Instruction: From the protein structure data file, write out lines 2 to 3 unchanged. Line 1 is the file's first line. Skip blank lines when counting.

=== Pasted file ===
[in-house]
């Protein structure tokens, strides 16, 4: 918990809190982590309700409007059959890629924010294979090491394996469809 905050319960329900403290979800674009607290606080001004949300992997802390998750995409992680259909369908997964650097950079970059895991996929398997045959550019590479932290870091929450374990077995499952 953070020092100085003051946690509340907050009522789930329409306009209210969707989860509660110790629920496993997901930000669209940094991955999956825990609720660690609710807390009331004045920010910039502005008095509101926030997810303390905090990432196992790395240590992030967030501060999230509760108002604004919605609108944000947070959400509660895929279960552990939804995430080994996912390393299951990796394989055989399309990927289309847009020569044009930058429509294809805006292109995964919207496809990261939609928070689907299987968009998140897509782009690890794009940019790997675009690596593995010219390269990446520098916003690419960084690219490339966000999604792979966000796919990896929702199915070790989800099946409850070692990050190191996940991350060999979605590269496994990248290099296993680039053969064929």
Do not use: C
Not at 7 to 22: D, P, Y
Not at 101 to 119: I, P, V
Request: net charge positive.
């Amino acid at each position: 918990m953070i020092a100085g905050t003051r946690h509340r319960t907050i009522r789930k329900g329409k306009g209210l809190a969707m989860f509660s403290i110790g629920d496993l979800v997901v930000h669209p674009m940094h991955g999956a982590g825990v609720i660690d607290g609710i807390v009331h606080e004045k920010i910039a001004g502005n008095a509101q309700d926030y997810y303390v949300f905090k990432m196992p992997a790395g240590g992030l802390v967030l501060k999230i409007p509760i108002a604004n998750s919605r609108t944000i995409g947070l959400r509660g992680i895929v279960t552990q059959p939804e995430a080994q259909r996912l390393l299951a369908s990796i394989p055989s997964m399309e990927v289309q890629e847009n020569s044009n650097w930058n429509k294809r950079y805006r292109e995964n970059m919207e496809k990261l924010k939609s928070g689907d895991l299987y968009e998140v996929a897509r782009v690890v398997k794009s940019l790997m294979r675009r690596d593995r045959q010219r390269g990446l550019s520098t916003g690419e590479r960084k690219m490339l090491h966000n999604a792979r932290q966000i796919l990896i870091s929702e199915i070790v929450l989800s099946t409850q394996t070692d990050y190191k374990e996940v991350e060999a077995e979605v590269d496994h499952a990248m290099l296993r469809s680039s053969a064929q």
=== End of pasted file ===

């Protein structure tokens, strides 16, 4: 918990809190982590309700409007059959890629924010294979090491394996469809 905050319960329900403290979800674009607290606080001004949300992997802390998750995409992680259909369908997964650097950079970059895991996929398997045959550019590479932290870091929450374990077995499952 953070020092100085003051946690509340907050009522789930329409306009209210969707989860509660110790629920496993997901930000669209940094991955999956825990609720660690609710807390009331004045920010910039502005008095509101926030997810303390905090990432196992790395240590992030967030501060999230509760108002604004919605609108944000947070959400509660895929279960552990939804995430080994996912390393299951990796394989055989399309990927289309847009020569044009930058429509294809805006292109995964919207496809990261939609928070689907299987968009998140897509782009690890794009940019790997675009690596593995010219390269990446520098916003690419960084690219490339966000999604792979966000796919990896929702199915070790989800099946409850070692990050190191996940991350060999979605590269496994990248290099296993680039053969064929």
Do not use: C